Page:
This story is part of AIN's continuing coverage of the impact of the coronavirus on aviation.
While the CARES Act payroll and loan provisions in the U.S. have received considerable attention within the industry, less highlighted measures surrounding tax treatment stand to help with business aircraft sales, according to the International Aircraft Dealers Association (IADA).
IADA pointed to the CARES Act reinstatement and extension of net operating loss (NOL) carryback, enabling companies to carry back the current-year NOL up to five years ago. Under the NOL carryback measure, some buyers might be able to purchase an aircraft in 2020, take an income loss through 100 percent bonus depreciation, and receive a refund on taxes paid for income for years dating back to 2015.
"We appreciate that Congress and the Administration stepped up to the recognition that tax implications for companies incurring losses in 2020 can be an important part of the overall economic recovery, including preowned aircraft, going forward," said IADA executive director Wayne Starling. "Now with more advantageous NOL provisions under the CARES Act, we are better positioned to assist companies that may be suffering this year from the economic shutdown, but would still like to acquire another aircraft in 2020."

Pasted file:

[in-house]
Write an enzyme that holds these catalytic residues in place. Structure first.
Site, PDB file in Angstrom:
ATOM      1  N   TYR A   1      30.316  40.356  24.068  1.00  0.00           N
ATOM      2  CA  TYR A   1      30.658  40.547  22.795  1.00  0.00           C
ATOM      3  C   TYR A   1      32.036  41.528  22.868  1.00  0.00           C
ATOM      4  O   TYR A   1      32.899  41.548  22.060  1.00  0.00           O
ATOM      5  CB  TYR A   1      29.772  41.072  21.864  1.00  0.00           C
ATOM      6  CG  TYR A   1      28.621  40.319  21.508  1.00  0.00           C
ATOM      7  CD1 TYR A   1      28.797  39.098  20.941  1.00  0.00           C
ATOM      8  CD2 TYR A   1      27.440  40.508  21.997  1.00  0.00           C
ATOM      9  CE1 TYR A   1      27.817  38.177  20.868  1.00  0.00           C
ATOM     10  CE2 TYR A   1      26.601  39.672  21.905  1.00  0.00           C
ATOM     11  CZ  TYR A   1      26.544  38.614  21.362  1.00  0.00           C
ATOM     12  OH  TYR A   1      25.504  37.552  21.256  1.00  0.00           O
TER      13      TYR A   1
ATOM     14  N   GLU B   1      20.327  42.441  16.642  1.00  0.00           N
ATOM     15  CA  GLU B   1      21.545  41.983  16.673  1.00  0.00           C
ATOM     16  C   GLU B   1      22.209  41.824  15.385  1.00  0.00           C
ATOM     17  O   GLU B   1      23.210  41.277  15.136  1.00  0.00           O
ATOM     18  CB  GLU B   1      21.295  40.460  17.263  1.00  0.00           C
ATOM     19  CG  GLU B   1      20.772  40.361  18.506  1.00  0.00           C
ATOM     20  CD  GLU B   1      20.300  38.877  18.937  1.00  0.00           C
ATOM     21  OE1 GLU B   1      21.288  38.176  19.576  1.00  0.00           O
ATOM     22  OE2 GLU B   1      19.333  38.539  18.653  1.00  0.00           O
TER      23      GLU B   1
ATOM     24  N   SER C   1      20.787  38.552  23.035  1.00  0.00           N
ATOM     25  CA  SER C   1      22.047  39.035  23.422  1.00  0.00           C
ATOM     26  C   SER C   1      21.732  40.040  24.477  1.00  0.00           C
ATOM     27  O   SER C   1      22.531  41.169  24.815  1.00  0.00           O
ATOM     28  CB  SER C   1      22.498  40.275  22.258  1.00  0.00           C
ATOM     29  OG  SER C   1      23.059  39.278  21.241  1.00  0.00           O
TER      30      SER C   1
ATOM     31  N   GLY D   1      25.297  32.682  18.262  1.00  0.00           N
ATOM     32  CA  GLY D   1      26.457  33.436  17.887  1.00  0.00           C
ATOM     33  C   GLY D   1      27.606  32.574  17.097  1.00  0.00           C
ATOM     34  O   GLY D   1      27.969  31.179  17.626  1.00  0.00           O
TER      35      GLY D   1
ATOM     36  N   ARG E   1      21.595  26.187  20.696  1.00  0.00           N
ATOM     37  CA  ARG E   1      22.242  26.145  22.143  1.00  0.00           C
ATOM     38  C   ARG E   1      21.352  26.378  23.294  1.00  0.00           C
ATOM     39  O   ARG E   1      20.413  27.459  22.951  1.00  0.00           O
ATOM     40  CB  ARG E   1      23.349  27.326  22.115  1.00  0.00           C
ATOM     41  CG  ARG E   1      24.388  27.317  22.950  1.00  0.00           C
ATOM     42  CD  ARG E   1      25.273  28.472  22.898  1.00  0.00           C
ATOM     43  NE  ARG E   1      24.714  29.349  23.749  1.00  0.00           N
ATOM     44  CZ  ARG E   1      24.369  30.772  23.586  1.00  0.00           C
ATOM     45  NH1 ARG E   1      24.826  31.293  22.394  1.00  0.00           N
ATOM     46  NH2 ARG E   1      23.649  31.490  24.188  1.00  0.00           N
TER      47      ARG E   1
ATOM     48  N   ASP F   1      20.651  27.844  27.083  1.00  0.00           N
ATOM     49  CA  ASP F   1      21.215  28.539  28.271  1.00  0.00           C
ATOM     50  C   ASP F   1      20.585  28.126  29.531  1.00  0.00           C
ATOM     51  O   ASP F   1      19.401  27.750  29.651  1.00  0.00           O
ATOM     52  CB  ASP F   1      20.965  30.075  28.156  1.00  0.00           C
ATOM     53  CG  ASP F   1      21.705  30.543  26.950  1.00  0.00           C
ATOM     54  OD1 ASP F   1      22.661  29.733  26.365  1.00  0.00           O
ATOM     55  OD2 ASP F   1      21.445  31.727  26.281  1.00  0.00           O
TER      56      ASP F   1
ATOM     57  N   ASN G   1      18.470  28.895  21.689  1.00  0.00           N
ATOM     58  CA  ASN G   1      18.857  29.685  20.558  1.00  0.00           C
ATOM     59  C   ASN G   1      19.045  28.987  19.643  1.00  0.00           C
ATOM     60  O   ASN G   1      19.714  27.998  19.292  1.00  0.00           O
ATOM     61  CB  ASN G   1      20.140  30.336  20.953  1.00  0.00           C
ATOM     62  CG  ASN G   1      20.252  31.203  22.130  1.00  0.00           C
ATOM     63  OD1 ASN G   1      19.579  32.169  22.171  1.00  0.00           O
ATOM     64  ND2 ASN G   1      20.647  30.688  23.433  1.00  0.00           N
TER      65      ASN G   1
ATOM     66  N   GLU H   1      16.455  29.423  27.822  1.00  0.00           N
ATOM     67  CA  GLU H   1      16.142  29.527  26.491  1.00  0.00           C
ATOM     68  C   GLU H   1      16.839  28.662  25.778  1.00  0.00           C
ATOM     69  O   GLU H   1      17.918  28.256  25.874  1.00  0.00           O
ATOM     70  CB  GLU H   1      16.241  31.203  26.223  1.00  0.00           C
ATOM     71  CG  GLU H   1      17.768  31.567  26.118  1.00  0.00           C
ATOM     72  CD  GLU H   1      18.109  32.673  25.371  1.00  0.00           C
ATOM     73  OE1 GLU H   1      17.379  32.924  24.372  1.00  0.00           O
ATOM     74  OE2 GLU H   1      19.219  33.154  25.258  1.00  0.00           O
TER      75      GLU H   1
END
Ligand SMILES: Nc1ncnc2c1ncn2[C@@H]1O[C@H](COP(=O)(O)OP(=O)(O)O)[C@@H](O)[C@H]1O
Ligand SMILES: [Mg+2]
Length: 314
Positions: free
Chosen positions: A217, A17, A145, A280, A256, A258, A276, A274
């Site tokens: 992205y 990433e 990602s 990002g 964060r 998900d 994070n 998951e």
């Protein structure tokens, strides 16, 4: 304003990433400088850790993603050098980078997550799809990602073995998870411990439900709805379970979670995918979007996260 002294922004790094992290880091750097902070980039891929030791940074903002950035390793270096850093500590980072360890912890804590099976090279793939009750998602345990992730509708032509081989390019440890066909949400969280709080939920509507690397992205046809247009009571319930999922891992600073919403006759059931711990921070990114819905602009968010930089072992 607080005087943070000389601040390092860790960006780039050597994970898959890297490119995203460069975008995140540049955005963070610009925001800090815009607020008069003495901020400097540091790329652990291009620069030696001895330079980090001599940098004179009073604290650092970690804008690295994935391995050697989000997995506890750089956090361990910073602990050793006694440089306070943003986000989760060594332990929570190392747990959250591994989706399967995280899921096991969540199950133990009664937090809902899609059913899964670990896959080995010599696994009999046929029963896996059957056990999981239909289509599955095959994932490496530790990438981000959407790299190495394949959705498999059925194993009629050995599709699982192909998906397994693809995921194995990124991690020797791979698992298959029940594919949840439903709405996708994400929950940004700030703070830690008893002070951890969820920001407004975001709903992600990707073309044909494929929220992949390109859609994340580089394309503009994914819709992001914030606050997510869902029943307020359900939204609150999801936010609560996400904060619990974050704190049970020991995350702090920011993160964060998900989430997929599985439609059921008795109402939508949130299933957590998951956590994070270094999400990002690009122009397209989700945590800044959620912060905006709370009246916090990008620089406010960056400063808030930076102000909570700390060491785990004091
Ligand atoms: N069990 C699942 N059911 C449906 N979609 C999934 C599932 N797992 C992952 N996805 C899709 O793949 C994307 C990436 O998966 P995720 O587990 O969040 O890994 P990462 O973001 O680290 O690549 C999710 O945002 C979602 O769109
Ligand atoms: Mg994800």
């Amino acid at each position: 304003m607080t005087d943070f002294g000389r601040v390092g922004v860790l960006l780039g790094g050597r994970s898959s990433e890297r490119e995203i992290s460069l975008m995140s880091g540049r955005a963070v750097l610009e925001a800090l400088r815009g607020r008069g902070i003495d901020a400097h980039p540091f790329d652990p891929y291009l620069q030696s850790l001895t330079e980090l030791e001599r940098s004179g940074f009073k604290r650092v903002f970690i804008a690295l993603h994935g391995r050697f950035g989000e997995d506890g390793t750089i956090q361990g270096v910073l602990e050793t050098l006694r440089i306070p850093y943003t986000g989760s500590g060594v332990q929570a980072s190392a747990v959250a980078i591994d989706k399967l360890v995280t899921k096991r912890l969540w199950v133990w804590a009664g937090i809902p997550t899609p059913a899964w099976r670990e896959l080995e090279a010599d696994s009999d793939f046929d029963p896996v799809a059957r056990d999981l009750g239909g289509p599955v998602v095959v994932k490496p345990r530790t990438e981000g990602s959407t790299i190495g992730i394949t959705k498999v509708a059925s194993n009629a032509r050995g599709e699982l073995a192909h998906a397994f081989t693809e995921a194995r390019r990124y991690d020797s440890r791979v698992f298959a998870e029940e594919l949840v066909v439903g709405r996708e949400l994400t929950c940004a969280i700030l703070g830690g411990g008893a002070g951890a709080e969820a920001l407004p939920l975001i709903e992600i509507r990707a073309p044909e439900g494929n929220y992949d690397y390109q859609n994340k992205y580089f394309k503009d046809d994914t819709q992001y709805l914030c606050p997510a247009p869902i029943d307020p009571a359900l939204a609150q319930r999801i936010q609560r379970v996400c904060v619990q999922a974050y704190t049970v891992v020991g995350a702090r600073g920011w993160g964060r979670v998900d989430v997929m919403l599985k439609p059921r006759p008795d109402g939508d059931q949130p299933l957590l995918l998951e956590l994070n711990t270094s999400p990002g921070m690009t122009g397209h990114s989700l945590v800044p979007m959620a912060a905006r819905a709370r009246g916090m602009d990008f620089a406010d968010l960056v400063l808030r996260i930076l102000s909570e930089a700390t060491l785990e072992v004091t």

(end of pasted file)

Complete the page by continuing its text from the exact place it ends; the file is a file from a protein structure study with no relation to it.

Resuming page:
The NOL carryback had expired in 2017, but the CARES Act renewed it only through 2020, Daniel Cheung, of Aviation Tax Consultants, said during a recent IADA webinar. However, the CARES Act also applies the carryback loss to 2018 and 2019, which could apply to some companies that may have purchased aircraft in those years, he added.
Suzanne Meiners-Levy, of Advocate Consulting Legal Group, told webinar attendees that the ability to carryback five years could be particularly beneficial since the corporate tax rate was still 35 percent five years ago. The 2017 Tax Cuts and Jobs Act changed that to 21 percent.